If you follow country music, you know that one of its big stars was Merle Haggard, who died this year. In Merle’s words, “Dying! Everybody’s doing it.” He was one of these no-nonsense country music guys, whom some of us remember from his early hit, “I’m an Okie from Muskogee”. He went on to great fame and fortune as he sang with the best all over the world. Fame can bring you a lot of things, but not always happiness or fulfillment. If you put his life under a magnifying glass, you can see that much of his life was one of struggle and upheaval. In a recent article in Rolling Stone magazine entitled “Merle Haggard’s Final Years” I discovered that in his last decade the “country icon” found solace on his ranch, but he stayed restless to the end.
I was taken by one quote in that article: “I have been everywhere, but I have seen nothing.”, which made me think about my own life because I have been to a few places myself. It saddens me to think of a person of Haggard’s stature who has the luxury of travel but never took advantage of what travel can do for you. Travel can remake you, change you, challenge you, and open your mind to so many things.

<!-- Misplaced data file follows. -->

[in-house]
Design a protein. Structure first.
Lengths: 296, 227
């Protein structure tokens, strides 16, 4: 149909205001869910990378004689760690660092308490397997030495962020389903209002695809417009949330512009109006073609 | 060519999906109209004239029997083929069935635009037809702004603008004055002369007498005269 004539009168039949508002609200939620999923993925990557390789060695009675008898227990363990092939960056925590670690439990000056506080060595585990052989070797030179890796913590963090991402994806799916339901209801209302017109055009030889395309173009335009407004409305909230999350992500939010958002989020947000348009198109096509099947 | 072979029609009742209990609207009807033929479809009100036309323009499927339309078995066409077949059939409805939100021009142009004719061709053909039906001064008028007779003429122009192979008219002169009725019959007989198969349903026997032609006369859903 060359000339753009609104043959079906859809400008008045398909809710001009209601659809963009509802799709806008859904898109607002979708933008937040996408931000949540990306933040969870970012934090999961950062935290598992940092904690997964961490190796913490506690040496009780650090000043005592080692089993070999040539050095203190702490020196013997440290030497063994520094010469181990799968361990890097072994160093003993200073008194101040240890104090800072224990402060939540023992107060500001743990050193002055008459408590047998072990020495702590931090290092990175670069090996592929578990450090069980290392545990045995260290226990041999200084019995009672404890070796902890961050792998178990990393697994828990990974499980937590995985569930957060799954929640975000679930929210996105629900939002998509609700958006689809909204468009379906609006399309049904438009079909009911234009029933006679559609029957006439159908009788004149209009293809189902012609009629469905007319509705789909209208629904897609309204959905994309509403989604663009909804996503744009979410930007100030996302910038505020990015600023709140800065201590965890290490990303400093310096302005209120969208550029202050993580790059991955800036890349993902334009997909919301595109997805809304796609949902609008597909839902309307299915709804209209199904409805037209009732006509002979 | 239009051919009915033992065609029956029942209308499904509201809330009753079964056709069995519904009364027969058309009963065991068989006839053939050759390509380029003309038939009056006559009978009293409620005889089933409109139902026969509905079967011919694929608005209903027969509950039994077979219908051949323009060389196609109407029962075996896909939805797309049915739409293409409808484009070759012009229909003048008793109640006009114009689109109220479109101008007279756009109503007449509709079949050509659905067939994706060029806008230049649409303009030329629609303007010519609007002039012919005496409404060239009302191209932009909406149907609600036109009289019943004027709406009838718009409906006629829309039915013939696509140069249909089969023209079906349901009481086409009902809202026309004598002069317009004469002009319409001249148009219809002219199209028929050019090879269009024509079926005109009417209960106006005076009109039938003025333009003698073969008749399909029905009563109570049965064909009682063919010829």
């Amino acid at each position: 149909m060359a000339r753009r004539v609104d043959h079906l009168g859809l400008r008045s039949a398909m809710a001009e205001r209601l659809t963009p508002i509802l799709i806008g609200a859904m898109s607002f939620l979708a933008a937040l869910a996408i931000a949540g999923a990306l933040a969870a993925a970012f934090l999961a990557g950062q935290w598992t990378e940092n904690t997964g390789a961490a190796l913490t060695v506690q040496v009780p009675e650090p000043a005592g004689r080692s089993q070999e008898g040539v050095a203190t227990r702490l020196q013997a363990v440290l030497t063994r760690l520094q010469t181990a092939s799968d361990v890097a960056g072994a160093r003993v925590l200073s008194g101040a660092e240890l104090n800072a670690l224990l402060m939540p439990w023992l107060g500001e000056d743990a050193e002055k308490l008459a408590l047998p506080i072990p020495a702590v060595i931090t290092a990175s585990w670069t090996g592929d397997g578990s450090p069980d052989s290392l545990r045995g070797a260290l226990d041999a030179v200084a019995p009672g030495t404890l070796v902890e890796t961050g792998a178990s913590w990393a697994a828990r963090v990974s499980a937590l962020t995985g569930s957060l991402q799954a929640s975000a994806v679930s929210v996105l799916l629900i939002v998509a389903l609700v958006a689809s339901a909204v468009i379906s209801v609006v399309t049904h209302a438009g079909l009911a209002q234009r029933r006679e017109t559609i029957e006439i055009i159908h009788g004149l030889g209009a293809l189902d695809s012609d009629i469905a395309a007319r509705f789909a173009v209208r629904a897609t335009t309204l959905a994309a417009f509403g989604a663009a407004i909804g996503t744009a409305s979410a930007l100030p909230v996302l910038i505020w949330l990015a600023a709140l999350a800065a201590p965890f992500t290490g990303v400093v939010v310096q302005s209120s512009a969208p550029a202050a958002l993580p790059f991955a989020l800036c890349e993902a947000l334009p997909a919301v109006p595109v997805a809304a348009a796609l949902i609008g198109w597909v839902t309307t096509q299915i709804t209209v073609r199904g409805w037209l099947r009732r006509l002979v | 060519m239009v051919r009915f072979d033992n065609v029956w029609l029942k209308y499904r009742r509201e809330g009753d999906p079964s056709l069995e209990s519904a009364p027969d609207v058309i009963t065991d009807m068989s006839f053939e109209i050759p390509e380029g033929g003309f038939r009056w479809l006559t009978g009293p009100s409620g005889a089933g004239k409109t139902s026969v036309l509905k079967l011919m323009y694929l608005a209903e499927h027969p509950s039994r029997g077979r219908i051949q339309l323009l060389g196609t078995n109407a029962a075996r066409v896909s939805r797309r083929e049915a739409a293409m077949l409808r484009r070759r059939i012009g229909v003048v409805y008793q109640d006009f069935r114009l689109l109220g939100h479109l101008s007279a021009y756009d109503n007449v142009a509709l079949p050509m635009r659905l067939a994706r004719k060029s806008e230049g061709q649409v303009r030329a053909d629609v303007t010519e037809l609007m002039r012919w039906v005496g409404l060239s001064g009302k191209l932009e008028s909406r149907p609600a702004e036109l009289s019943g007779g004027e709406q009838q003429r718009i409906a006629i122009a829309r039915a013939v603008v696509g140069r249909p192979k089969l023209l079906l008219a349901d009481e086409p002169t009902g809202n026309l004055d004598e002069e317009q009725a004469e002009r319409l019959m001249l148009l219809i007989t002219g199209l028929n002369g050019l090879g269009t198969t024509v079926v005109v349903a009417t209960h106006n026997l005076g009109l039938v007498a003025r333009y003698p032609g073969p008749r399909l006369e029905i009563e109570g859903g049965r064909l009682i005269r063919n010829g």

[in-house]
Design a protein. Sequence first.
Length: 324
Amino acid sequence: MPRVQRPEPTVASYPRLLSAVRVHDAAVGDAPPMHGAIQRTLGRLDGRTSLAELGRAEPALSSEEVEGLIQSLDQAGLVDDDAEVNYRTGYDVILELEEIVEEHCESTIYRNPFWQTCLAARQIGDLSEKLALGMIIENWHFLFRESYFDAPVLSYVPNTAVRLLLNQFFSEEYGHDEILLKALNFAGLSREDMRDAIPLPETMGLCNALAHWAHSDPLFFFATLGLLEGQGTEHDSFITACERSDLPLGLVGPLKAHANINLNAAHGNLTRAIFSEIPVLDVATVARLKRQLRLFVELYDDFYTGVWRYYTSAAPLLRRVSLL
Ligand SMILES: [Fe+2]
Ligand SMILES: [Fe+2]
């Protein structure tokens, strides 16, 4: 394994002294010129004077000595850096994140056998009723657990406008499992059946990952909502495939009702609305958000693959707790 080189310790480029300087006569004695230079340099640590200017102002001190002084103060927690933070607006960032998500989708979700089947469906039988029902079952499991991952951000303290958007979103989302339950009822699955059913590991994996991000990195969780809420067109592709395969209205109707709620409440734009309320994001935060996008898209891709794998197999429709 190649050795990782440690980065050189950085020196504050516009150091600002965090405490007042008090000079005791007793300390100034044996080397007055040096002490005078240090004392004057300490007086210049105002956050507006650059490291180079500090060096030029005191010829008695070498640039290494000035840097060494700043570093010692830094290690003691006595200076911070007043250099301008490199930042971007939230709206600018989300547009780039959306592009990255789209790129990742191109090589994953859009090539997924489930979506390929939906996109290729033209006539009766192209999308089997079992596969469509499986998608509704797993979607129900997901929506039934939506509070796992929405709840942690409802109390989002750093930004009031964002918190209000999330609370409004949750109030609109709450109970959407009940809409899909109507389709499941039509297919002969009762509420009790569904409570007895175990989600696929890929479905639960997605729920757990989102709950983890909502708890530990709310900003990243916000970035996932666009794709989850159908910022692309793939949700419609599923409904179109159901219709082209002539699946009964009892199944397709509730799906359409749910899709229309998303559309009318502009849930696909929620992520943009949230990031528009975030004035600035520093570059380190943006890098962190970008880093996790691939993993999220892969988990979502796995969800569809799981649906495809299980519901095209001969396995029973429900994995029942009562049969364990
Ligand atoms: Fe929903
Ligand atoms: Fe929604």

Today we live in a world where everyone is rather suspicious of each other, especially when it comes to nationality, religion, culture, and race. I have found in my own life that when I meet people even of my same persuasion – i.e., religion, nationality, etc. – my initial personal profiling of them can change. I find myself understanding and even appreciating them more. Travel to me ratchets this up on so many levels. I have found that going to the Middle East as many times as I have has been an education in itself.
Travel does many things for you, and I have to agree with Rick Steves that traveling becomes a political act. You represent your country wherever you go, and you can’t help but leave your comfort zone when you travel to new and distant parts of the world. My experiences have indicated to me that people you think of as suspicious can be wonderful and hospitable to you and you to them when you actually see them and meet them.
I have experienced the hospitality of people around the world. I recall being a bit fearful and afraid when I was in Damascus, and a soldier invited us into his home. I was nervous about accepting an invitation from such a person, as Syria was then (and still is, of course) a military state. The visit to his home turned out to be wonderful, and he was so pleased and proud to host us. That story has been repeated in so many other places, like Hebron on the West Bank; Fez, Morocco; and Cairo, Egypt.
During these dark times of mistrust, racism and rejection of whole swaths of people, I simply have to reiterate what St. Paul says in the Book of Galatians: “In Christ there is neither Jew nor Gentile, neither slave nor free; neither male and female; for we are all one in Christ Jesus.”
I find this both challenging and liberating.